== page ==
For those of a particular generation, the first utterance about USA for Africa’s “We Are The World” elicits an eye-roll followed by a heavy, “Really?” After encountering that song ad nauseam during a certain period of the 80s, let’s break down for the post-1985 generation why it was such a big deal at the time.
Backstory: inspired by the 1984 release “Do They Know It’s Christmas?” by Band Aid that in itself was Bob Geldof’s call to arms regarding Ethiopian famine, musician Harry Belafonte wanted to do the same in the US. He contacted supermanager Ken Kragen – who at the time represented Kenny Rogers and Lionel Ritchie – on December 23 to see who would be interested. In the ensuing weeks, it was Kragen who corralled the most prominent names in the music business to help the cause.
The story here is really of Kragen’s vision. He had wanted to commemorate the memory of his client and good friend Harry Chapin. Chapin – famous for not only his musicianship but his humanitarian aid to end hunger – had tragically died in a car crash in 1981. Kragen in 1985 was seizing on Chapin’s legacy. How could he sway others to jump on board for an important cause?
Kragen had wanted the pairing of Ritchie and Stevie Wonder as the songsmiths, and for Quincy Jones to be the producer. Catching Jones by phone before a holiday trip, he was stunned by this offering: he could get Michael Jackson to sing, sure. And by the way, Jackson wants to co-write this ‘song’ with Ritchie and Wonder. Who. Could. Say. No.
In the ensuing weeks, Kragen made phone calls left and right, wanting it all to gel the night of the American Music Awards on January 28 when a large number of artists would all be in town for that ceremony.
There wasn’t total indifference, but the linchpin was Bruce Springsteen. Kragen told manager Jon Landeau that Springsteen would literally save lives with his appearance. Springsteen was in. But two people Kragen didn’t book – John Denver and Joan Baez, people who had a public-spirited history in humanitarian aid – were left off the list, much to his regret.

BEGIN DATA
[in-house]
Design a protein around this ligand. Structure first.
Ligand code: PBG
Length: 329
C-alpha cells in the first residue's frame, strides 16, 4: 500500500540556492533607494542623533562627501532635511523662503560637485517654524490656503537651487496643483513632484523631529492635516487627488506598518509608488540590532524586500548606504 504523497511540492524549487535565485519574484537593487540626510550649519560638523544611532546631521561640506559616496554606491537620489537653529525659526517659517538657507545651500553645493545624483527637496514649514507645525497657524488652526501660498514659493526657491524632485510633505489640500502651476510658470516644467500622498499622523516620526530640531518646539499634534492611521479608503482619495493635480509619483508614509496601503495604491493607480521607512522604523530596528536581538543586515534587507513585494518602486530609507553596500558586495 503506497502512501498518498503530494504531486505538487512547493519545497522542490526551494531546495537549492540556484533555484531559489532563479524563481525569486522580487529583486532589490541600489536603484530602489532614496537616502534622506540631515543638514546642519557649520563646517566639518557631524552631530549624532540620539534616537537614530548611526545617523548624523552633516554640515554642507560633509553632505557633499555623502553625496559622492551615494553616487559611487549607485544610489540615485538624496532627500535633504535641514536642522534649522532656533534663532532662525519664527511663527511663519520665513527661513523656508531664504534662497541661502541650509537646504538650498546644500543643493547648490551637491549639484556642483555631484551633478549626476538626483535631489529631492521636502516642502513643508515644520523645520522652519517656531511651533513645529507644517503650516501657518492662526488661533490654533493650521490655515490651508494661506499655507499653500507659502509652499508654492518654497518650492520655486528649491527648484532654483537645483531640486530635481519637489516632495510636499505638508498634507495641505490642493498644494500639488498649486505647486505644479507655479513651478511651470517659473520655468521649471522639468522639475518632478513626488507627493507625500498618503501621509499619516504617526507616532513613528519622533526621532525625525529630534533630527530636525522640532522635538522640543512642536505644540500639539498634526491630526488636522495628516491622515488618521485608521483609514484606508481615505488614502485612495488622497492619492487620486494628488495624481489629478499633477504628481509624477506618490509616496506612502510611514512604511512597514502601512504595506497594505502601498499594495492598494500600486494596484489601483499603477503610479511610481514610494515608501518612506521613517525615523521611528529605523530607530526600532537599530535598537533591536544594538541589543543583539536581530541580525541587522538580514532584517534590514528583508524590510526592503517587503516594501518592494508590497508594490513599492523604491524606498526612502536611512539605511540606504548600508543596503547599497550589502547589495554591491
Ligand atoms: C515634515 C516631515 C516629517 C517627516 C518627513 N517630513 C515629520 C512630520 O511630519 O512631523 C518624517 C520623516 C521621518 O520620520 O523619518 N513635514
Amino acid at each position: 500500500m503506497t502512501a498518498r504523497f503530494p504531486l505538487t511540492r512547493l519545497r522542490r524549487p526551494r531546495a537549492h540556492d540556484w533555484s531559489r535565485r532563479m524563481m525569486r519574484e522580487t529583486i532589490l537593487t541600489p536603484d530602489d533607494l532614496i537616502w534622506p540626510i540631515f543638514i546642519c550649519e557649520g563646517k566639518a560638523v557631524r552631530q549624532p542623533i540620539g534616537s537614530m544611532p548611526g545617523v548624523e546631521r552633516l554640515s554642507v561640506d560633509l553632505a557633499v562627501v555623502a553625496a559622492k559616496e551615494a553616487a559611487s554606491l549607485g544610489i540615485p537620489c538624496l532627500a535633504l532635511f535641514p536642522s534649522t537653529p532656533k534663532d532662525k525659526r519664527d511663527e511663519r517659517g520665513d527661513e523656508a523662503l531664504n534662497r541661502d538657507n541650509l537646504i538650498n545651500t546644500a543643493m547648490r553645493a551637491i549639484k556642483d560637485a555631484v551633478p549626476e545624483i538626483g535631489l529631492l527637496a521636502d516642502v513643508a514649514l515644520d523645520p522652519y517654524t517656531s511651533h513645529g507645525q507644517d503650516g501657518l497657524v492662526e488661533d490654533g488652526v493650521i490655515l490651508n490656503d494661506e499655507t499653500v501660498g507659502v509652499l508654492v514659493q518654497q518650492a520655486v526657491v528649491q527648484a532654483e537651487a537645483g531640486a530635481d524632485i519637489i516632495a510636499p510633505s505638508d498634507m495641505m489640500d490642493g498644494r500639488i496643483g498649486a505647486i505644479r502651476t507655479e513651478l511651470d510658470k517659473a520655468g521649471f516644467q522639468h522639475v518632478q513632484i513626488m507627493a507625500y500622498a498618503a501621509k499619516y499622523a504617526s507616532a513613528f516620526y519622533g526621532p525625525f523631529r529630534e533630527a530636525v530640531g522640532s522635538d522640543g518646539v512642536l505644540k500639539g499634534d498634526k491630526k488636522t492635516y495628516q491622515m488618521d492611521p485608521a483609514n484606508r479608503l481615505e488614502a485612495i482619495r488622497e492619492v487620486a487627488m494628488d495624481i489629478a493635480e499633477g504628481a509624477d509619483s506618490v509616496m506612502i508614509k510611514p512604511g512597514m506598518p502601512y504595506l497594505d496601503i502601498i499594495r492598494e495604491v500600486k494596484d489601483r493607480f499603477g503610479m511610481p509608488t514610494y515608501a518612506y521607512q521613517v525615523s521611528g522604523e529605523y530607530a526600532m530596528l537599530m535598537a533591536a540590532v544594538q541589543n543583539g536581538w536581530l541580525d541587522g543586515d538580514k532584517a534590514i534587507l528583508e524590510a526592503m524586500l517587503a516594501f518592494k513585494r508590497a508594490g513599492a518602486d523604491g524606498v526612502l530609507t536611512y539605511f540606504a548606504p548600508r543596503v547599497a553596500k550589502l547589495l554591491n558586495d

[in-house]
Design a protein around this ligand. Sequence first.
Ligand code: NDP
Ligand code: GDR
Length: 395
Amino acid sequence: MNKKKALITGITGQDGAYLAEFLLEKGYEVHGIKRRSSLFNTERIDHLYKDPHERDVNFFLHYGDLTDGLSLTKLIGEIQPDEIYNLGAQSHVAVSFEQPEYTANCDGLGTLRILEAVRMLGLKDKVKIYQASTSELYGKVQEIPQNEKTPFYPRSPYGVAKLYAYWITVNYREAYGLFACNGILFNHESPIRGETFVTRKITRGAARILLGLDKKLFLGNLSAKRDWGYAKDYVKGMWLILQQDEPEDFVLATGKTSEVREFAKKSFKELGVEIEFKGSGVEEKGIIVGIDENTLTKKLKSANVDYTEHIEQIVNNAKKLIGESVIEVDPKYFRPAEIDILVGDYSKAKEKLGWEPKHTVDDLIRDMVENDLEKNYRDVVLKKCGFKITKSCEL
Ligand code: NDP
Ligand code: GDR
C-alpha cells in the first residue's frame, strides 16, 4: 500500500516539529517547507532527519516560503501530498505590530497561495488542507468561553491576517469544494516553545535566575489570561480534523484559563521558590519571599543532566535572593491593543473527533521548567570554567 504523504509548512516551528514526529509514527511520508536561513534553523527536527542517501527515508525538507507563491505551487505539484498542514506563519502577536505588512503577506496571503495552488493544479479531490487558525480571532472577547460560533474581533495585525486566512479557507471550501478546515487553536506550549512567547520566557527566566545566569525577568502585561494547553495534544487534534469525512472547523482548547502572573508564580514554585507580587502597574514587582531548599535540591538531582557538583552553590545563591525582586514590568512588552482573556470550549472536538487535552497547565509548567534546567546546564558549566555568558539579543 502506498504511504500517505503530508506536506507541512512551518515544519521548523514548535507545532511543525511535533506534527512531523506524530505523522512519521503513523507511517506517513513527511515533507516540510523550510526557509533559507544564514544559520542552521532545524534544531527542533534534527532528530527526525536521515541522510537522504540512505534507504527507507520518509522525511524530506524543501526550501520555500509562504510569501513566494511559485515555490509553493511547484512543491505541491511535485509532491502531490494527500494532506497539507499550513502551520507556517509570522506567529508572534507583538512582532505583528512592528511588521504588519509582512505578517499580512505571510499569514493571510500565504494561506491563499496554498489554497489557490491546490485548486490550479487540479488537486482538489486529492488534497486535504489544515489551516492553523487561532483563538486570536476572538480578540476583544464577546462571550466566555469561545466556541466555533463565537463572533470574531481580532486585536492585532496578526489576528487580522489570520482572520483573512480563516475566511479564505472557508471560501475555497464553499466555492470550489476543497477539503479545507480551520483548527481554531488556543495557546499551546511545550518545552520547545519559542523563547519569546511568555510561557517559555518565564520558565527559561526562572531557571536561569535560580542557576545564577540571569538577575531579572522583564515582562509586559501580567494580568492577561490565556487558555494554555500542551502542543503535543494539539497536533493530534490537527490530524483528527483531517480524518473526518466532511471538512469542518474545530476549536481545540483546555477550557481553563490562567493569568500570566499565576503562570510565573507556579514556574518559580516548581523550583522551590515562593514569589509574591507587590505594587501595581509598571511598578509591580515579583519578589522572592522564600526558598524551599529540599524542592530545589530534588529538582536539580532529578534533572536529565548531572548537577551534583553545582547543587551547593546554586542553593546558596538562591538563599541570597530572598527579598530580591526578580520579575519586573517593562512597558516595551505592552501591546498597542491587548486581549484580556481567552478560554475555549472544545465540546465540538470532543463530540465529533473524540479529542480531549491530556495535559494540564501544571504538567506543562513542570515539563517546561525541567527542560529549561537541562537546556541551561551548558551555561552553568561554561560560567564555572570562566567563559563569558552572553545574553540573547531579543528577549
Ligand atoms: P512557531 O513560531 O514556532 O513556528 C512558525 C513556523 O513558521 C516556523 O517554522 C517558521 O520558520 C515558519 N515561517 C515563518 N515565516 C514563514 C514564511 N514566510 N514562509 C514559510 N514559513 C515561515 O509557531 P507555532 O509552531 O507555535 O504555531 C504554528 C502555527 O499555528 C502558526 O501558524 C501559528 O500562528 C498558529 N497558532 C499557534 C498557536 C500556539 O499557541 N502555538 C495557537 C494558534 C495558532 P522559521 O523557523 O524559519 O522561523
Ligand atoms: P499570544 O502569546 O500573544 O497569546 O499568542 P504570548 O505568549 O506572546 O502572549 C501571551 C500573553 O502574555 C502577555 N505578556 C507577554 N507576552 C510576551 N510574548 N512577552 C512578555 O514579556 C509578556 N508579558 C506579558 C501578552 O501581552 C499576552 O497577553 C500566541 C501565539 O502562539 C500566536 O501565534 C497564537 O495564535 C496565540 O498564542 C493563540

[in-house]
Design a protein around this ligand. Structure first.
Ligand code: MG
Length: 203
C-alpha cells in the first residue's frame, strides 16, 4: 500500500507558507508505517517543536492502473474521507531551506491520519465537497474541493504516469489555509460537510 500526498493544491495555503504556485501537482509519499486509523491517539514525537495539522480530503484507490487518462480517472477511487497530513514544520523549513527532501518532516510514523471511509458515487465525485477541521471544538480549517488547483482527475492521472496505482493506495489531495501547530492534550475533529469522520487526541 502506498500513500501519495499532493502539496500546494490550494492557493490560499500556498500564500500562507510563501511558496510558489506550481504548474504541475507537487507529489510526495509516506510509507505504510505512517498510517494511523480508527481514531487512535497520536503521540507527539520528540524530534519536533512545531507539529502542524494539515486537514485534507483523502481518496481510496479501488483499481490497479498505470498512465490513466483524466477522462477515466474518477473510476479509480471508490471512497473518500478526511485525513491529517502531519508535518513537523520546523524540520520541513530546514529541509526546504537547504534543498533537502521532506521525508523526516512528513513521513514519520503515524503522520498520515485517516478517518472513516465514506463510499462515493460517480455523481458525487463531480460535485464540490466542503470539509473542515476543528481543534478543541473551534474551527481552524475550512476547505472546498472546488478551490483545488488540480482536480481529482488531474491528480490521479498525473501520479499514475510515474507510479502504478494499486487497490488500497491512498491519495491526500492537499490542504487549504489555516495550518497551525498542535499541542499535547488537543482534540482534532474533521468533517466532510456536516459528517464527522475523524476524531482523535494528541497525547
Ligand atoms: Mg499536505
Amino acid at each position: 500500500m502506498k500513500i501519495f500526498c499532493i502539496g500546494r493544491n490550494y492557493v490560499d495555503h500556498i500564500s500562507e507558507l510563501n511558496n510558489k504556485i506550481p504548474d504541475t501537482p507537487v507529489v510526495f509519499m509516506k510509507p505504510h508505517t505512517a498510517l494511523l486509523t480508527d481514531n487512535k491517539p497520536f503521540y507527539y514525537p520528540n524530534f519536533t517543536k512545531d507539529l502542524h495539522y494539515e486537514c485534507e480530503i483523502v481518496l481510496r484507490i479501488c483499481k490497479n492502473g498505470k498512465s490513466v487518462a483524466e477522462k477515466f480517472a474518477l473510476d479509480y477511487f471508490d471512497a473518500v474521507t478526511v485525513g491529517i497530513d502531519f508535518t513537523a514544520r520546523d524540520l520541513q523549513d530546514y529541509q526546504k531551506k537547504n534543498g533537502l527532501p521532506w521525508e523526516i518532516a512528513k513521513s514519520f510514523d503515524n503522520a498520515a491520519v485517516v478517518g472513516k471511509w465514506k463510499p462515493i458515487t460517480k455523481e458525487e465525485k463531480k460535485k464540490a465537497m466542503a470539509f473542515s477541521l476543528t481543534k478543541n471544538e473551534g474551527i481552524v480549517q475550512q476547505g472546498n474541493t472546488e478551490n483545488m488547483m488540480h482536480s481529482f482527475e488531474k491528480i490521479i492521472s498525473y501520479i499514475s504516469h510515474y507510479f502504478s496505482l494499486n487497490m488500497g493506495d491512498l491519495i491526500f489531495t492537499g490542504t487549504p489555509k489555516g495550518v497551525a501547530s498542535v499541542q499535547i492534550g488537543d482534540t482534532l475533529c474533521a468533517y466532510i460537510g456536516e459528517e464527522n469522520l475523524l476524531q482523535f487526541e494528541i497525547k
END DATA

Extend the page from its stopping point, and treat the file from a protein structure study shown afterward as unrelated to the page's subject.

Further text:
The bigger disappointment was Wonder. He had conveniently ‘disappeared’ (either due to commitments or factors unknown) and the song was worked out by Ritchie and Michael Jackson at Jackson’s home. The thunderous inspiration, according to Ritchie, was listening to various national anthems… even though Jackson’s python Crusher went rogue and scared the living bejesus out of Ritchie during the songwriting session.
With no wiggle room on timing, a ‘guide’ demo had to be recorded for the participants. While Wonder showed up saying “I’m ready to write the song!” the studio musicians – drummer John Robinson, bassist Louis Johnson, and pianist Gregg Phillinganes – worked with Jones at Rogers’ Lion Share Recording Studio to get it ready. Jackson sang the guide vocal, duplicates were made and Jones sent the message to those invited: “Please do not make copies, and return this cassette the night of the 28th.”
Today: part of what the general public in our TikTok-tapping, pop culture environment seizes upon first is the song. And the video of the performance via YouTube. It all fits neatly inside a WhatsApp text: “Who the hell are all these people? And who’s that sullen guy in the center of it all?” (Hint: Bob Dylan).
Granted, this portion of the story is about personal opinions. There were some disputes, certainly amongst the gathering: Waylon Jennings got cranky about Jackson wanting to insert faux Swahili and left (the Swahili part didn’t pan out anyway). A new bombshell discovered by this writer: Jones signed on only because he knew a few of the artists that night had contributed to Donna Summers’ 1982 cover of “State Of Independence,” whose choir sounds very much like “We Are The World.” Why? It was a Jones-produced effort.
The solos? All the credit goes to Jones’ vocal arranger Tom Bahler. If you ever had an issue, just imagine the line-up differently and you’ll thank Bahler (himself a songwriter and musician). The biggest jump in the song however came about that night: when Prince (who was invited) didn’t show – either due to nerves or Jackson, the stories vary – Huey Lewis stepped in. Jackson sang him the part and Lewis knocked it out of the park, without breaking a sweat.
Bob Dylan. Much has been written about his performance. “There’s a choice we’re making, we’re saving our own lives.” In the choir, he looked distant and uncomfortable, only springing to life during the impromptu tribute to Harry Belafonte. Yet, with a guiding hand and reassurance, he gave a very ‘Bob Dylan’ performance. Watch the extended outtakes from those moments – asking for Wonder to accompany him, taking cues from Jones, and getting hugs from Ritchie. Pure gold.
Much more can be said about this historic night. Everyone who walked in, whether it was from the AMAs or as Springsteen did, parking his motorcycle across the street, did so because they wanted to be there. The funds raised – around $63 million and continuing to this day – helped abroad and in the US. Willie Nelson was inspired to create Farm Aid. Dionne Warwick released “That’s What Friends Are For” which funded AIDS research, and of course, that summer was the setting for Live Aid.
“Taking this kind of chance is like running through hell with gasoline drawers on,” Jones remarked. When you put together the magnitude of talent that was present that night, don’t get too heated about it. It worked out.
Photo: “We Are The World” (fair use image)
It could in Britain. Geldof would command it.